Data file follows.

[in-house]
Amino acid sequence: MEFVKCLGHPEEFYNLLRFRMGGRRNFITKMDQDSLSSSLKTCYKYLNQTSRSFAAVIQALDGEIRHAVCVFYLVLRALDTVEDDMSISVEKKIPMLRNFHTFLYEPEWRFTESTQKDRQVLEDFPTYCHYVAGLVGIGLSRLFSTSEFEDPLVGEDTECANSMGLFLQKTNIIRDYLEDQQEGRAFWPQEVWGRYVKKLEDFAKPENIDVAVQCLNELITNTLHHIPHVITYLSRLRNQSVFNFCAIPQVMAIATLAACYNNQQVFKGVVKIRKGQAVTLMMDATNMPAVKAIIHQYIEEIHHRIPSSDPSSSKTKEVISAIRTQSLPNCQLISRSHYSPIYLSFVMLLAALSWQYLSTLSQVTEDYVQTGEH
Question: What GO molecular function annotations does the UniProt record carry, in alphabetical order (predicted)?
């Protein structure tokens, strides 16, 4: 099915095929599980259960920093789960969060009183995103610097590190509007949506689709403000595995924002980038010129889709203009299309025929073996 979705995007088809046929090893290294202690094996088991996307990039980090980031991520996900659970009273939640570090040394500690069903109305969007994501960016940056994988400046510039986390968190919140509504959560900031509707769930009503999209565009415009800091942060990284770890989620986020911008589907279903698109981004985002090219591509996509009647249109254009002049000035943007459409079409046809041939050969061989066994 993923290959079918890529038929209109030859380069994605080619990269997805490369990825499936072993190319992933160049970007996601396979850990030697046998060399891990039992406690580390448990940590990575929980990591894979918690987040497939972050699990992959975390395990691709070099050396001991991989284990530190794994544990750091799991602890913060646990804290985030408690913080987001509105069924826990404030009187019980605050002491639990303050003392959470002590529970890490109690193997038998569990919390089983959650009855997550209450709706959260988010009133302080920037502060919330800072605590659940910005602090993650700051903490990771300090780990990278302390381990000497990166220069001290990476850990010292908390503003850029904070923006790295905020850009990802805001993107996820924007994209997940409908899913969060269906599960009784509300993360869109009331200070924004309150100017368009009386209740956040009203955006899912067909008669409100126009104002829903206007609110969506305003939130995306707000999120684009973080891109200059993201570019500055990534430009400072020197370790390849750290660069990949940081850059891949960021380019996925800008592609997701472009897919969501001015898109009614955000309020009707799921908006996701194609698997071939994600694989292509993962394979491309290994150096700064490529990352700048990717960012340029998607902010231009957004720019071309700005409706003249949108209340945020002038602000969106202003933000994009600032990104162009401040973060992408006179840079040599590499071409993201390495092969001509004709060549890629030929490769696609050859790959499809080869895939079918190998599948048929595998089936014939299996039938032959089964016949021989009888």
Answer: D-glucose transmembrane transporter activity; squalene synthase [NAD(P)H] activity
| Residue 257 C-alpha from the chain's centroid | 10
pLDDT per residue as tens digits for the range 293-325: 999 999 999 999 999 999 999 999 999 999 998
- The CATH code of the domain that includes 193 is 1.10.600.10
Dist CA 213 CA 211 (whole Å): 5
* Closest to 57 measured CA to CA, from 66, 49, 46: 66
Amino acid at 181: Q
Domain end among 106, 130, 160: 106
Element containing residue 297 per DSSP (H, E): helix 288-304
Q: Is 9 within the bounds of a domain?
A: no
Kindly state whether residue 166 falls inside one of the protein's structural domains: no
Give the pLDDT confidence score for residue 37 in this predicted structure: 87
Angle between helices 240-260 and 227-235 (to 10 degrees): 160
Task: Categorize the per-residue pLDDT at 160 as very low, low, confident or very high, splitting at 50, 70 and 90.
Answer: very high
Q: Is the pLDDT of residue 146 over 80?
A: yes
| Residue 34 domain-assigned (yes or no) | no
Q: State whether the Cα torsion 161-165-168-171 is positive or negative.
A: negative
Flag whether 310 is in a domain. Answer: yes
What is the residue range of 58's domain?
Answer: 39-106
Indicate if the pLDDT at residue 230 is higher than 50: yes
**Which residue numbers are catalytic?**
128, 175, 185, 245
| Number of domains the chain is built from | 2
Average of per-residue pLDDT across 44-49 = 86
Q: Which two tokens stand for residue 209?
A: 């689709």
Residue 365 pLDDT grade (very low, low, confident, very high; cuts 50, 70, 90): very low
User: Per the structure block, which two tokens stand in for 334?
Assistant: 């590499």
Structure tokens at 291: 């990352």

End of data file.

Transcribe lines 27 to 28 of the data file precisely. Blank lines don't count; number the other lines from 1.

What is the residue range of 58's domain?
Answer: 39-106